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|Mombasa is one of the oldest settlements on the East African coastline, with a long and exotic history.|
There has definitely been a town here for the past 700 years, but the island may have been settled long before that. The writings of Arab, Roman and Egyptian explorers and scholars dating back to 2,500 years ago make mention of Arab settlements in this region.
When Vasco de Gama sailed into the harbor on Easter Sunday 1498, he found a thriving Arab port. He landed, but the received a cold reception from the locals, and after brief trade sailed North to make an alliance with the settlement of Malindi.
De Gama had paved the Portuguese way, and by 1505 a fleet of 14 ships sailed into the harbor. They were met by a wave of poisoned arrows from the troops of the King of Mombasa. The Portuguese response was immediate and brutal and with cannon and rifles they attacked the town, slaughtering the King’s army, looting the town and starting a massive fire that burnt Mombasa to the ground.
The Survivors set to work to rebuild the town, and in 1528 the Portuguese sailed back into the harbor and looted and burnt the new Mombasa. This cycle continued with a further two attacks by the Portuguese, who enlisted native troops to help massacre the citizens of Mombasa.
In 1561 Mombasa declared war on the Northern settlement of Malindi, which had remained a Portuguese ally. The armies of Mombasa were utterly defeated, and the Portuguese moved their garrisons of troops onto the island, starting work on Fort Jesus in 1593.
The grand fort dominated the island and was a clear symbol of Portuguese strength and dominance. However, in 1631 a local uprising managed to unseat the Portuguese and the Fort fell under the control of the Sultan. The outraged Portuguese soon returned, and so began an epic and bloody battle for control that would see the Fort change hands 9 times before 1875.
Today the majestic Fort is a National Monument,standing high over the harbor. The Fort is an interesting place to spend a day exploring the gun turrets, battlements and houses within the walls. There is an excellent Museum and trained guides available.
For those who want to learn more about the struggle for Fort Jesus, the Fort plays host to a spectacular sound and light show 3 nights each week.
Visitors are welcomed into the Fort by guards in flowing robes brandishing flaming torches. They are led to a specially designed and choreographed show that uses lights, sound effects and costumed actors to bring to life the long and turbulent history of the Fort.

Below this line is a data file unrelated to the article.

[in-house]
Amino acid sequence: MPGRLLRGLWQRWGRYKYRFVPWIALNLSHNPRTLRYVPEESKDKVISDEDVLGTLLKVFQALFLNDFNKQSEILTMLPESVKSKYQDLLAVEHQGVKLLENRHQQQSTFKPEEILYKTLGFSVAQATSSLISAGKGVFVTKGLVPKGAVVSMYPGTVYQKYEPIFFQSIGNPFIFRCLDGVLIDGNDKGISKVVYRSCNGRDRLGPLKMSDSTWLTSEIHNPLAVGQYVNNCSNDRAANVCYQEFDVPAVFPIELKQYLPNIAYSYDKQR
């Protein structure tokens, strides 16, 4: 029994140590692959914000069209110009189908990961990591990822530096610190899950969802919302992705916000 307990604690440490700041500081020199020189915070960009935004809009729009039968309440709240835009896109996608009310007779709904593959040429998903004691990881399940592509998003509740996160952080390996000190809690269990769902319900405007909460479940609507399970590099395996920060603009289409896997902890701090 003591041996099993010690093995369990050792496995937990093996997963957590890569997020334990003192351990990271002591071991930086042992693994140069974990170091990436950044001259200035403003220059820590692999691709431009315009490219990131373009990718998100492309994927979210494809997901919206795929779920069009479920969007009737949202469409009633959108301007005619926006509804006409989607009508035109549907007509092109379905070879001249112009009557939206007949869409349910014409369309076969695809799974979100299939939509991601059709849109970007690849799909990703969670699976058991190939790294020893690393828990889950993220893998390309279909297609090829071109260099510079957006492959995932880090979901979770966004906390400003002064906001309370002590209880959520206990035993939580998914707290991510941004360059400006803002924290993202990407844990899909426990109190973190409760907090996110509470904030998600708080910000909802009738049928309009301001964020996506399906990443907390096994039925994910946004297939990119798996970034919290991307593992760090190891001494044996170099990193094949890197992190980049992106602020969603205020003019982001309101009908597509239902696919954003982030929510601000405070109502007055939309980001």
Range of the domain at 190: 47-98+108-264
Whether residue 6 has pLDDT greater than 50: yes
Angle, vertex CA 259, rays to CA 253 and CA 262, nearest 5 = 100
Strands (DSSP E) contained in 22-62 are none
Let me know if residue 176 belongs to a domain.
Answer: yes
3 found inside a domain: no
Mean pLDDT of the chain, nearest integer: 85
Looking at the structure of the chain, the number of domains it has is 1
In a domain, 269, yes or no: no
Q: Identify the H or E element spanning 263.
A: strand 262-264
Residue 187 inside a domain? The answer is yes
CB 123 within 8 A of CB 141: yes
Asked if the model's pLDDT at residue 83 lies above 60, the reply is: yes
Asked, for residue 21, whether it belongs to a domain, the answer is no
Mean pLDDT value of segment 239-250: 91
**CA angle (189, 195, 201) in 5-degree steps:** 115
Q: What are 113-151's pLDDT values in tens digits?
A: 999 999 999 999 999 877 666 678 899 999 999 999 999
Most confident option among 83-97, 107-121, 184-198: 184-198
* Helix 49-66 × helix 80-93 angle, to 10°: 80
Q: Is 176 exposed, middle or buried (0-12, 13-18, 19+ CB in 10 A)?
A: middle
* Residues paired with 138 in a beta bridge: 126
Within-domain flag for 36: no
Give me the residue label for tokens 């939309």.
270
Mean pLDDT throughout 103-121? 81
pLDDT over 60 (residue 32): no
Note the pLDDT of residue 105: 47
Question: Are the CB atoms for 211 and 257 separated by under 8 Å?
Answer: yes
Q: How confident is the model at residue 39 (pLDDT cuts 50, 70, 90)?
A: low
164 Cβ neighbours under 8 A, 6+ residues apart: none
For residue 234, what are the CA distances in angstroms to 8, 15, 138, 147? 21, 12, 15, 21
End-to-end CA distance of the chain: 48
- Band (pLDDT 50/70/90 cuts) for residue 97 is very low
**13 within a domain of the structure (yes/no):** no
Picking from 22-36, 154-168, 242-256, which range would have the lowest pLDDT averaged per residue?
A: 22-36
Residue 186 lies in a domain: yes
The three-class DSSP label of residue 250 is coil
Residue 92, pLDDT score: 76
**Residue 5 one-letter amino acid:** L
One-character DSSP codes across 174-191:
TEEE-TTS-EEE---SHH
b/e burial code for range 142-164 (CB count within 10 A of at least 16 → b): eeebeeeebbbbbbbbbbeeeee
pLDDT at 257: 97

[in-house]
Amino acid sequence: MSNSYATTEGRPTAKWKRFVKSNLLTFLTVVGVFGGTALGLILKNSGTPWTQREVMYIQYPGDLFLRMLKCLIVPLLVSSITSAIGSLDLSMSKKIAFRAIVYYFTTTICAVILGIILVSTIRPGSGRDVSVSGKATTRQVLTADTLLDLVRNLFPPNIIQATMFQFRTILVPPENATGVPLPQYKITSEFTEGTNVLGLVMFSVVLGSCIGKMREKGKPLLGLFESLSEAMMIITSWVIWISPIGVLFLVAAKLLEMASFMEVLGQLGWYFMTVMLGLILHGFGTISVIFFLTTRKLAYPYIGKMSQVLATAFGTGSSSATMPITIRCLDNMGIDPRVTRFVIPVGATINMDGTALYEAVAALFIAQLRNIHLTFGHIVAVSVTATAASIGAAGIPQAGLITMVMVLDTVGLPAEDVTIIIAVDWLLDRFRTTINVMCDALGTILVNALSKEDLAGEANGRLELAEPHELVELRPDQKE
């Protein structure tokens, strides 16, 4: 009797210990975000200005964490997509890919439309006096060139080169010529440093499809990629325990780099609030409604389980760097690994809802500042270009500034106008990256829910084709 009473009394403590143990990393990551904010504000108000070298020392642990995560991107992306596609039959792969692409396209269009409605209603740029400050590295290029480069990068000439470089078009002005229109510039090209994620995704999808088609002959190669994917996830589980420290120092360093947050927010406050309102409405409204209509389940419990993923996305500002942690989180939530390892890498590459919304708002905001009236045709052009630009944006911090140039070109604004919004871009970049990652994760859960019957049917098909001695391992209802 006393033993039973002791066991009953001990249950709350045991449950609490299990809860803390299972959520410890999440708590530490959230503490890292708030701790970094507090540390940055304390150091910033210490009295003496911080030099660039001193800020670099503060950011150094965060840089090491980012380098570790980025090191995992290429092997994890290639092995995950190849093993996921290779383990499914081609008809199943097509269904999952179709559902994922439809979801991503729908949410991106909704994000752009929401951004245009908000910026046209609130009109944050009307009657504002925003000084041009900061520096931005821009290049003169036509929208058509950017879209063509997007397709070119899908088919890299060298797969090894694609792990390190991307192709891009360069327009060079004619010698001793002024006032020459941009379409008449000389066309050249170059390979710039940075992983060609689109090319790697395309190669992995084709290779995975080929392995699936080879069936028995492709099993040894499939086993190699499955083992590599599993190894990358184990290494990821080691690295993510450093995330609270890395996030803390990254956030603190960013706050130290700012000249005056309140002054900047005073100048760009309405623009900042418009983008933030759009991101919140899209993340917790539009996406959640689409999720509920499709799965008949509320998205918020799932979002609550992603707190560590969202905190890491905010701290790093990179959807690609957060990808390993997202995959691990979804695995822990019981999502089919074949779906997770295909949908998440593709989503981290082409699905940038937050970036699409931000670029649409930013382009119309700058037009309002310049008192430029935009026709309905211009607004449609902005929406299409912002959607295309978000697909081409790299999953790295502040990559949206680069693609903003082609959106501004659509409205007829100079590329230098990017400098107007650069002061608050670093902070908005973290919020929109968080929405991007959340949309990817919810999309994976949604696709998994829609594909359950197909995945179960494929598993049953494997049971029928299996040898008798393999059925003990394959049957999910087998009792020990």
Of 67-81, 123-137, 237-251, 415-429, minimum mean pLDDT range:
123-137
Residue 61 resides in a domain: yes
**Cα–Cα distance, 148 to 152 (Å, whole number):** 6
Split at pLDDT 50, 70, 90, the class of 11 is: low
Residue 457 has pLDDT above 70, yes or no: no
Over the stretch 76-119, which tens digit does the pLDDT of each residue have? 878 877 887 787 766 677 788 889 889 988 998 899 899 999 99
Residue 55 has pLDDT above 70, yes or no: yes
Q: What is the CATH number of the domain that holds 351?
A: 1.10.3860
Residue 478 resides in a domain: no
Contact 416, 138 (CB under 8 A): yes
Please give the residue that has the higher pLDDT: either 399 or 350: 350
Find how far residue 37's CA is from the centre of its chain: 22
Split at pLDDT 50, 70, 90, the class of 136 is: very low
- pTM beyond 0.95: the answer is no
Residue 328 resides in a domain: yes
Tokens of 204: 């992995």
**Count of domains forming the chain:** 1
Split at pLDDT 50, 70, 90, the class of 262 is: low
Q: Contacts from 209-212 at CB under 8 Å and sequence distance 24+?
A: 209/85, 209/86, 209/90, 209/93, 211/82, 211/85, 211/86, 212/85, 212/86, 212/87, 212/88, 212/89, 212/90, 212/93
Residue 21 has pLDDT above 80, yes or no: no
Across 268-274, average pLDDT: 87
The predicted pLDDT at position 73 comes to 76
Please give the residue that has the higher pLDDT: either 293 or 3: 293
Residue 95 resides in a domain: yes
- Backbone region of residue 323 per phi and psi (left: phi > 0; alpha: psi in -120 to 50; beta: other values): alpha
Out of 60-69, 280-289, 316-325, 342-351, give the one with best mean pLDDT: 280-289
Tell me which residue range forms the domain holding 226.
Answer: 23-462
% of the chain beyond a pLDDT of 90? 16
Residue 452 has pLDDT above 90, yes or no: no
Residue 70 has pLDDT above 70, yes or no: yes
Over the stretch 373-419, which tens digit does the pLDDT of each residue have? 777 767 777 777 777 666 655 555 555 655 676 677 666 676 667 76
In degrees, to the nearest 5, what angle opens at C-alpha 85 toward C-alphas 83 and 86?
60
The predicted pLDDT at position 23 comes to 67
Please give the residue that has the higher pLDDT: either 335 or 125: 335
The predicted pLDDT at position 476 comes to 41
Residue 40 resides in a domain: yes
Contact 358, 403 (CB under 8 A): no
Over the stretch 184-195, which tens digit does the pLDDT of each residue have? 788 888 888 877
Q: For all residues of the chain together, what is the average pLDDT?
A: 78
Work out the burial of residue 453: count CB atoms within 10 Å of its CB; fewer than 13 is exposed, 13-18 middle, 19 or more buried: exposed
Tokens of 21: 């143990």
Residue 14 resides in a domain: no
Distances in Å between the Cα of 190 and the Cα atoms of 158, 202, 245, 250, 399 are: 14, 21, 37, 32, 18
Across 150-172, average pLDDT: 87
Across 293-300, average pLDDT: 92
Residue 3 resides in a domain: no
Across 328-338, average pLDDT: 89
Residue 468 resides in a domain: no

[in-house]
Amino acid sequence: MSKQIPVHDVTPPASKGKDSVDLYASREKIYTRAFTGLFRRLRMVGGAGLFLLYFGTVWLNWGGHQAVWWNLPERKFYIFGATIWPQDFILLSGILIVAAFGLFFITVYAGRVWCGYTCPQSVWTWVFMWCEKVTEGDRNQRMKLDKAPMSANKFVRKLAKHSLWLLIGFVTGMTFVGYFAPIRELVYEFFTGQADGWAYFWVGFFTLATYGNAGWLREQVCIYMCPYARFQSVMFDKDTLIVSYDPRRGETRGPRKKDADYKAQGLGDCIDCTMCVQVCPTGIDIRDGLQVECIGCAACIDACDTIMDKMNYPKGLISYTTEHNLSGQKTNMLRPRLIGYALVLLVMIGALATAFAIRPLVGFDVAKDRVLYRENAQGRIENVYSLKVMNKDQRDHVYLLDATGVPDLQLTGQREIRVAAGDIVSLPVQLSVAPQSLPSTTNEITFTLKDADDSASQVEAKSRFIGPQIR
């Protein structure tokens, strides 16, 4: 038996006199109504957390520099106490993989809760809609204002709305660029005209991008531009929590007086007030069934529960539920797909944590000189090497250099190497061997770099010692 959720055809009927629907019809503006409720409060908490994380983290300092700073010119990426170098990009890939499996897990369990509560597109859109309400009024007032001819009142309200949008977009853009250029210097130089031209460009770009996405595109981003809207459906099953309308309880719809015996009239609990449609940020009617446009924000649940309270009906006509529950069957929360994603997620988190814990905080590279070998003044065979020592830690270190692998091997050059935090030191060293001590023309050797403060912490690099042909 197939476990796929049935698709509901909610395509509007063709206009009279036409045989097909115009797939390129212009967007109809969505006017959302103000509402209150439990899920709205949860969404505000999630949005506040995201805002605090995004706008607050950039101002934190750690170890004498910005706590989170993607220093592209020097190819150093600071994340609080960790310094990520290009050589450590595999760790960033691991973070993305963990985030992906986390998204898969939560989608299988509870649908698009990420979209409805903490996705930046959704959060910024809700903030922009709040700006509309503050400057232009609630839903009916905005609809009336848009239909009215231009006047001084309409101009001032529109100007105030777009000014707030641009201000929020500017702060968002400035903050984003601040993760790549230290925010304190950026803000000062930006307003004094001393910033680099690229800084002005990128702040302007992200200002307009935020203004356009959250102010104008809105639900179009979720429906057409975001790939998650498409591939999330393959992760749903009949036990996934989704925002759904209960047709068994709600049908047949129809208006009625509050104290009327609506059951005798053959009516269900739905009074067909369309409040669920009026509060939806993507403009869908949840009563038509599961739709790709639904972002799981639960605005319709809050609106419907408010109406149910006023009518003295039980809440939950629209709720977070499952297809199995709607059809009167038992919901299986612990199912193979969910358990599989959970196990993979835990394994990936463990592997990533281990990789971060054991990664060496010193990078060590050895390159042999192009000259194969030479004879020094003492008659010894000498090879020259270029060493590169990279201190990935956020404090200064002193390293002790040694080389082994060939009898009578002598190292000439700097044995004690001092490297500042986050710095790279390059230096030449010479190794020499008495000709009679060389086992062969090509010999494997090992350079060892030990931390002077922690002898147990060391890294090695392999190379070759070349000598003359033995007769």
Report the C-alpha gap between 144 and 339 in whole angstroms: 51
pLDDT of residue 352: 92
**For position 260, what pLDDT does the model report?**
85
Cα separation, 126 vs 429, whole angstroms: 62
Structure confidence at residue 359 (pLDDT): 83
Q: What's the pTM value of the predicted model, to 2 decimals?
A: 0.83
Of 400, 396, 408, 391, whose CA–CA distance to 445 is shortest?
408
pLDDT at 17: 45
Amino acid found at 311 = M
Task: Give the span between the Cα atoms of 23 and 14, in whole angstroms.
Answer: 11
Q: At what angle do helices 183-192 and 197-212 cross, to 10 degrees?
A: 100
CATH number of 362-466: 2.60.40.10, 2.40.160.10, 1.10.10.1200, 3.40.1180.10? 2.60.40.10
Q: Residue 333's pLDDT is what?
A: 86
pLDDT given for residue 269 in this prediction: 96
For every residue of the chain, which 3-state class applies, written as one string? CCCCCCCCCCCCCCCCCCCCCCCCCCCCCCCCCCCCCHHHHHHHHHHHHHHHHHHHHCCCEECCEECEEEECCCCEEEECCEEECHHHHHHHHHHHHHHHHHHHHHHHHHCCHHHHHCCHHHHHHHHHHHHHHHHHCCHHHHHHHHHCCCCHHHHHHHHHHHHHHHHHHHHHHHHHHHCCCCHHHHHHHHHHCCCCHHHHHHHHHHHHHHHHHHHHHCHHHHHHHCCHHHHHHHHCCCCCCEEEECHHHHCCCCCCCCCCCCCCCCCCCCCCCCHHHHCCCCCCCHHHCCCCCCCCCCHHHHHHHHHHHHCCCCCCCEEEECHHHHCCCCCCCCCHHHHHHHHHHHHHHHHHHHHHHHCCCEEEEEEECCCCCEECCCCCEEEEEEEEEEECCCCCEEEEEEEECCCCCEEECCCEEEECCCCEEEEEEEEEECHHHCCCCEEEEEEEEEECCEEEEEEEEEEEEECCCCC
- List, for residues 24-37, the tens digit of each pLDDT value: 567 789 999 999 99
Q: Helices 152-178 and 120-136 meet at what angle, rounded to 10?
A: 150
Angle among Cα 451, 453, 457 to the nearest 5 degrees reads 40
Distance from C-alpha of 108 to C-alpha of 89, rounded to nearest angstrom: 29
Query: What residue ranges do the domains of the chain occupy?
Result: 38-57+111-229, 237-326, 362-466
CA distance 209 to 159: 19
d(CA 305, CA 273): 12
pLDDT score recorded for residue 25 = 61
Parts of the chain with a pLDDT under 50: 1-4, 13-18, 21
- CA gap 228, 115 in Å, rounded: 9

At the end of the show, a candlelit dinner is served in the open courtyard of the Fort, under the stars.
This wonderfully atmospheric night out is the perfect way to end the day, and learn more about the history of Mombasa.
The sound and light show can be combined with a sunset dhow cruise on Mombasa harbour.
Mombasa old town is a fine example of Arab architecture,the winding streets surrounded by attractive mashrabia houses with large shuttered balconies. The old dhow harbour is still a busy trading hub, always alive with bustle and activity.
The eventual undoing of the Portuguese came with the rise of the powerful Omani Arabs, who united forces from the islands of Lamu and Pate to fight against the European power. Mombasa was ruled by powerful Omani families until it was declared a British protectorate in the late 19th Century.
The Mombasa Club was founded by the British in 1885, and built directly beside Fort Jesus. Today the club remains a functioning private club, commanding an impressive view of the harbour.
The British were determined to claim their chunk of Africa, and saw that control of an East African protectorate would give them influential control of the Suez Canal to the North. The only way to control and administer East Africa was to link the coast to the Source of the Nile, and plans were laid to build a railroad from Mombasa to lake Victoria. Work began in Mombasa in 1896 on one of the most ambitious and dangerous railway projects in human history.
For the full history of the railway, see the Related Links above.
The railway was built by labourers imported from the British colony in India. The majority of these railway workers came from Gujarati in Northern India. The city still has a large Asian population, both Hindu and Muslim.
Mombasa is home to many fine temples and mosques. The oldest mosques in Mombasa are the Mandrhy founded in 1570 and the historic Dawoodi Bohra Mosque, built in 1902, standing near a clifftop with a view of the old harbour. There is also a beautiful Baluchi mosque, founded in 1875.
One of the most impressive buildings in Mombasa is the Shiva Temple near Jamhuri Park. The temple is topped with an impressive gold spire and a fantastic array of animals statuary.
One of the best ways to get some impression of Mombasa's long history and exotic modern culture is to simply walk the winding streets of the Old Town and explore this world of mosques, markets and mystery.
Mombasa is an important centre of modern Kenyan coastal and national culture. The city has an interesting music scene, and the clubs and bars of Mombasa are a good place to see live bands. This is also a good place to find Taarab bands and musicians, playing traditional Swahili music.
Each year, Mombasa celebrates it's great wealth of cultural resources with a Cultural Carnival. Held in November, the carnival is a good chance to see artists and musicians from all over Kenya. The highlight of the Carnival is a lively street parade with members of all of the city's many cultures and communities participating.